Global markets have dropped considerably the past three months. The Dow Jones has fallen about 8% as investors react to negative headlines about trade wars, Brexit, interest rates, and several other issues. They have been selling stocks to buy bonds or park money in a cash account. These remedies may feel good in the short-term, especially as markets fall, but over time it’s not a wise strategy.
Quantifying investor behavior is challenging. Calculating emotions in a spreadsheet is impossible. However, sentiment indicators try to capture this information.
Sentiment indicators are contrarian, by nature, and they tend to follow the market’s direction. If stocks rise, so do the indicators.
The CBOE Volatility Index (VIX), CBOE Equity Put/Call Ratio, the American Association of Individual Investors Bull-Bear Spread, and mutual fund flows are a few of the more popular sentiment surveys.
The CBOE Volatility Index, the VIX, is the fear gauge. When fear is high, it rises. On November 20, 2008, it peaked at 80.86, indicating an extreme level of fear in the markets. Stocks would fall for a few more months before rising 267%. The average VIX reading is 18.39. It currently stands at 21.63.
The CBOE Equity Put/Call ratio is an indicator utilizing options. When it’s above .7 investors are buying more puts than calls. Put buyers expect the market to fall so they’ll profit if it does. When investors buy calls, they expect the market to rise. If the reading is above .7, it’s bullish. Below .45 is bearish. The current reading is .79. On August 21, 2008, the put/call ratio was .39. Investors were buying calls because they were optimistic the market would continue to rise. They were very confident – too confident. The market fell 37% by the end of 2008.
Measuring mutual fund flows is another solid indicator for investors. When they feel secure, investors buy mutual funds. When they’re scared, they sell. From April 2016 to December 2016 investors withdrew $199 billion from equity mutual funds fearing a market drop. In 2017, the Dow Jones rose 24.33% – a great year for the index. In the past three months investors have sold $62 billion worth of mutual funds.
My favorite sentiment indicator is from the American Association of Individual Investors. When this indicator is high, investors are confident. On August 21, 1987, the indicator reached 66. Two months later the Dow Jones fell 22% – the worst one-day drop in its history. On January 6, 2000, it hit an all-time high of 75. Three months later the Tech Wreck would arrive. The NASDAQ index would fall more than 50% over the next two years. One of the most pessimist readings ever recorded was March 5, 2009 when it touched 18.92. Four days later stocks hit bottom and started a nine-year bull run. Today the indicator is flashing a pessimistic warning of 20.90%. The historical average is 38.24.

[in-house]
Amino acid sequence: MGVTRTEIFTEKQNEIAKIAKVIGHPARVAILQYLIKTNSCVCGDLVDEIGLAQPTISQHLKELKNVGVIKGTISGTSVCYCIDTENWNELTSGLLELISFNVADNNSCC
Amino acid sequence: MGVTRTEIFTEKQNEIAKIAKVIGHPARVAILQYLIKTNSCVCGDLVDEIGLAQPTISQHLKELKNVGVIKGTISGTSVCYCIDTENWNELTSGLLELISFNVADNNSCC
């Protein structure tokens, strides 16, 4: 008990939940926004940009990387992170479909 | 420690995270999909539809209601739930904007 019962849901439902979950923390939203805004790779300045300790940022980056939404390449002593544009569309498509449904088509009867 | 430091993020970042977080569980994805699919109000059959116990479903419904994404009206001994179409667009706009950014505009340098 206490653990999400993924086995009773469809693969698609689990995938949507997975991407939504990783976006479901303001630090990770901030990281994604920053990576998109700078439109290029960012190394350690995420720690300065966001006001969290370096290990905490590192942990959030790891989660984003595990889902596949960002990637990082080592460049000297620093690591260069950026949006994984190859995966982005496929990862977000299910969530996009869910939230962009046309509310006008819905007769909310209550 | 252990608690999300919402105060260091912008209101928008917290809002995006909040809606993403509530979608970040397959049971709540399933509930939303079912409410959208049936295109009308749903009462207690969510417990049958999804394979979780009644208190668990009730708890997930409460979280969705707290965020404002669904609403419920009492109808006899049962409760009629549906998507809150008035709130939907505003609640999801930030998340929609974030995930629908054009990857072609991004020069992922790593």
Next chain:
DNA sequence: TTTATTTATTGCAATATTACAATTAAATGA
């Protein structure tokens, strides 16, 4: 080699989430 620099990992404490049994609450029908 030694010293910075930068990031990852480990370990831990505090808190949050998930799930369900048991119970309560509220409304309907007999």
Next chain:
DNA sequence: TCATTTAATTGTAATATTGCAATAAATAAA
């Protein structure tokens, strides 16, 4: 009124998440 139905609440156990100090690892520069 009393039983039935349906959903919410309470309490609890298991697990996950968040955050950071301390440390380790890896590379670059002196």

These indicators are currently in negative territory, a positive for stocks. When pessimism and fear rise, stocks look more attractive. The market likes to climb a wall of worry.
Not to be left out of the indicator game, the New York Times ran an article about the 2019 financial crisis that hasn’t happened yet. The article appeared in their style section. Business Week’s famous headline, “The Death of Equities” appeared in August 1979. Had you purchased stocks on the day it ran, you would have enjoyed a gain of 2,641%!
Ron Paul is also getting into the prediction business. He’s predicting a 50% correction that will “spark depression-like conditions that may be ‘worse than 1929.’”
Of course, no indicator is perfect. A negative one isn’t always positive. It’s imperative to focus on your goals. If they haven’t changed, stay the course. It takes courage and fortitude to hold stocks when everybody is selling but owning great companies for the long haul is how wealth is created.
The big money is not in the buying and the selling, but in the waiting. ~ Charlie Munger
December 17, 2018
Bill Parrott is the President and CEO of Parrott Wealth Management firm located in Austin, Texas. Parrott Wealth Management is a fee-only, fiduciary, registered investment advisor firm. Our goal is to remove complexity, confusion, and worry from the investment and financial planning process to help our clients pursue a life of purpose.
Note: Investments are not guaranteed and do involve risk. Your returns may differ than those posted in this blog.
 https://www.nytimes.com/2018/12/10/style/2019-financial-crisis.html, by Alex Williams, 12/10/2018